Sketching Buildings: Learning to see volumes and parallel/horizontal lines

November 5, 2021 | 3 Comments

As I mentioned last week, I always get SO much out of doing a Group Run-through of a SketchingNow course. And this current run-through of Buildings continues to clarify so many concepts in my own mind. It’s so easy to get caught up with thinking you need different tools or paint colours to improve your sketching, but the most important thing is to be constantly sharpening your observational skills.

This week in Buildings we are looking at how to see architecture as a series of volumes (boxes) with added and subtracted elements.  We haven’t yet covered perspective (that’s coming in week 5!) but I’m really emphasising a few ways of seeing and feeling perspective before we get to the technical system in detail.

Last week I introduced the term ‘the fan’ and this week the big concept was learning to see the parallel and horizontal lines in buildings. This is a foundational skill that you need to develop as these are the edges that you apply perspective to. It also helps to break down tricky elements like dormers!

Obviously, I go into this in more detail inside the course, but it’s such an important skill to have that I wanted to share it here on the blog too. Do you have this observational skill?

Another thing that came up this week during our livestream was the difference between understanding the concepts when watching a demo and then applying it to your own work when urban sketching. So true! This is why I firmly believe that an extended period of time, learning to apply new concepts is needed and why I include lots of different exercises inside the Buildings course and why I love reviewing people’s work. Every building we sketch is different so learning to analyse it is critical… and this process of discovery and exploration is why I find sketching architecture so rewarding.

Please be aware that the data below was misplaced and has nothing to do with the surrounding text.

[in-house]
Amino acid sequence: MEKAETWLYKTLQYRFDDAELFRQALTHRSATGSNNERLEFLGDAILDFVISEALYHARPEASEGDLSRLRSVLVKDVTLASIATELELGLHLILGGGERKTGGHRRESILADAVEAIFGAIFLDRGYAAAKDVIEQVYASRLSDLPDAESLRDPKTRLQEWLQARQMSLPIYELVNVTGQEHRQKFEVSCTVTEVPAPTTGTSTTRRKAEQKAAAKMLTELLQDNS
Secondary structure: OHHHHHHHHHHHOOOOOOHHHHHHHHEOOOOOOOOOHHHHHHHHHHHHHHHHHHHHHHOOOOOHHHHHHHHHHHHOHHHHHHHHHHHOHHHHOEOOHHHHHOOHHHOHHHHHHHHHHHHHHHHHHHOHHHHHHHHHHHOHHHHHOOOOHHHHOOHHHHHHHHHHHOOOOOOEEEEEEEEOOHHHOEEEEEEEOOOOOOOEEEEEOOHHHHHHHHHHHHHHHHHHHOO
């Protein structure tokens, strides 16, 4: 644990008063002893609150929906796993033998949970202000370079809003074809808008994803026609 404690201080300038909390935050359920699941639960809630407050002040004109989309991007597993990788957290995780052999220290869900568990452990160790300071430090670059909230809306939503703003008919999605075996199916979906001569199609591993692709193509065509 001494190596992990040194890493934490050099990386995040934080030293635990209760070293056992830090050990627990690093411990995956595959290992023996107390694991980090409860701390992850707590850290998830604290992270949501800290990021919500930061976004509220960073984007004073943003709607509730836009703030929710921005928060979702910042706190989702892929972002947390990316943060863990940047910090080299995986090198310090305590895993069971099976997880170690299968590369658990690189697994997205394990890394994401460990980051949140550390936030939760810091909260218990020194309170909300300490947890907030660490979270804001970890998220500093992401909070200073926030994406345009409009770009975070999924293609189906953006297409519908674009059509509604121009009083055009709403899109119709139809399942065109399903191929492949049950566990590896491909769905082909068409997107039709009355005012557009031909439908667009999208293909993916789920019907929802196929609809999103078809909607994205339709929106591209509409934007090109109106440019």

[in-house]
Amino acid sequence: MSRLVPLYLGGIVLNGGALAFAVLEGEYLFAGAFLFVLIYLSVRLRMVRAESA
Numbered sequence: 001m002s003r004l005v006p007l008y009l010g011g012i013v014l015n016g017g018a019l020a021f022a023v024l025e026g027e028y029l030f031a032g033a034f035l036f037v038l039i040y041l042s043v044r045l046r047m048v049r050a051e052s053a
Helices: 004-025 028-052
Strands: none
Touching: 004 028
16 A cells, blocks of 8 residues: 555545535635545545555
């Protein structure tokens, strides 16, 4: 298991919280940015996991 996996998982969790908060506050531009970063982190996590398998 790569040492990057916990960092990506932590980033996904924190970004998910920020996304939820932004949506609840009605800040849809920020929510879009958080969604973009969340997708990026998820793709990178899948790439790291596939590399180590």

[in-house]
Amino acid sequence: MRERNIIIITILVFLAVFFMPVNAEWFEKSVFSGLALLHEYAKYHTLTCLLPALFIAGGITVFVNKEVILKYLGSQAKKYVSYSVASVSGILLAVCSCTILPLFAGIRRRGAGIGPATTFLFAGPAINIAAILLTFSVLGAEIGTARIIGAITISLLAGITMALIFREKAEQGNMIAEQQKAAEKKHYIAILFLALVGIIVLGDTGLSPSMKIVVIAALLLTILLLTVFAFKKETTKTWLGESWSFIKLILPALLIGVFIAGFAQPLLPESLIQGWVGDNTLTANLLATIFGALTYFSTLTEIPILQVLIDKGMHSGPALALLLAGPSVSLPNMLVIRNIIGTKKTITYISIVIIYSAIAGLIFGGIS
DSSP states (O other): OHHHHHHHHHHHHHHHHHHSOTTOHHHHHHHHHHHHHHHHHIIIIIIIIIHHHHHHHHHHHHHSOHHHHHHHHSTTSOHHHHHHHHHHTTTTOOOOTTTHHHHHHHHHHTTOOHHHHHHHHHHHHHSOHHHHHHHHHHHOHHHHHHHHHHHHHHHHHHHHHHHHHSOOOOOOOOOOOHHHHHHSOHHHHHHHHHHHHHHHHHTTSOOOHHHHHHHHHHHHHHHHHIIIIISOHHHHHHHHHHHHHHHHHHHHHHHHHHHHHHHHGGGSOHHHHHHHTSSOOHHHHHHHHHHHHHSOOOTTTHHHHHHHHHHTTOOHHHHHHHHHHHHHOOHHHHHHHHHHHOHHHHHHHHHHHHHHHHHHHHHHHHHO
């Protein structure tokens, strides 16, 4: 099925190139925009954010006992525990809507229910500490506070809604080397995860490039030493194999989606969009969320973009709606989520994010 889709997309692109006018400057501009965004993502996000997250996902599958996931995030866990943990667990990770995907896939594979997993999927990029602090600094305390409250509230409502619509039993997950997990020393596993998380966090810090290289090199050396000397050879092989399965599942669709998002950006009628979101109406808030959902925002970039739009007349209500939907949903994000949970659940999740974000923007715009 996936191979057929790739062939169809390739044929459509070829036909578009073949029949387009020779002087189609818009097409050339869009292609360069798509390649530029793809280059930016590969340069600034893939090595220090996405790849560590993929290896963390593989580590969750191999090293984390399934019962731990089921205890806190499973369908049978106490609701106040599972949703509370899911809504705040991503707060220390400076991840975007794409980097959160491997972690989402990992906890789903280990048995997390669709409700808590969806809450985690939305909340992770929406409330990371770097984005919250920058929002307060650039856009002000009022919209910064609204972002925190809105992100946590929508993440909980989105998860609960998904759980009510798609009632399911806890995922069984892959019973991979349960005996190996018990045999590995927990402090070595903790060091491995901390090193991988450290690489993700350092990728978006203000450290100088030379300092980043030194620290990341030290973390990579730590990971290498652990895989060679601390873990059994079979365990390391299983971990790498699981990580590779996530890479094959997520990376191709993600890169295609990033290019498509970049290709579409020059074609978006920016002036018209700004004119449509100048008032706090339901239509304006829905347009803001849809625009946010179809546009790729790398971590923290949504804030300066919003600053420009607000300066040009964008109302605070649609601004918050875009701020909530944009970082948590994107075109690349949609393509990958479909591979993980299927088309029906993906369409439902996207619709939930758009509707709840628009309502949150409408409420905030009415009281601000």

Here are my super quick sketches of the Lesson 2 indoor exercises that I did to refresh myself on some of the main issues. I was focusing on my angles (and pleased at how accurate they were) but that meant a few inaccuracies in length. Ha! I’m always training my reflex sketching skills, and exercises such as these are perfect for that.

More articles on essential techniques for sketching buildings can be found here.

A huge thanks to everyone who is part of the current Buildings Group Run-through and making it such a special experience. I hope that you’re starting to see these edges more clearly!


  • Jamie C says:

    The fan is such a helpful idea! Especially for those dormers, or other smaller items, even windows, which always went boxy for me before. Now I know, they need to fan, not box! Lol! I’m also impressed your assignment page has such great flow and design!

  • Fran Arthur says:

    Liz, I am enrolled in your Building Run Through and I am behind (finishing lesson 2); but at the same time, I am learning so much from your class. I have been sketching buildings almost every day. Loving your class, the format the ability to return to the subject indefinitely, the material provided including your notes that I am practicing by read and draw. Your u tube interactive session are awesome. And not to mention the pool of students ranging from all artistic skill levels to a variety of professionals all over the world. Yes now I see edges, volumes and shapes. What an eye opener. This venue is just to valuable to pass up. Thank you Liz it has been great!

    • Liz Steel says:

      Oh Fran! that is so good to hear! You know how much I love teaching these concepts 🙂 and we have the most amazing group don’t we?

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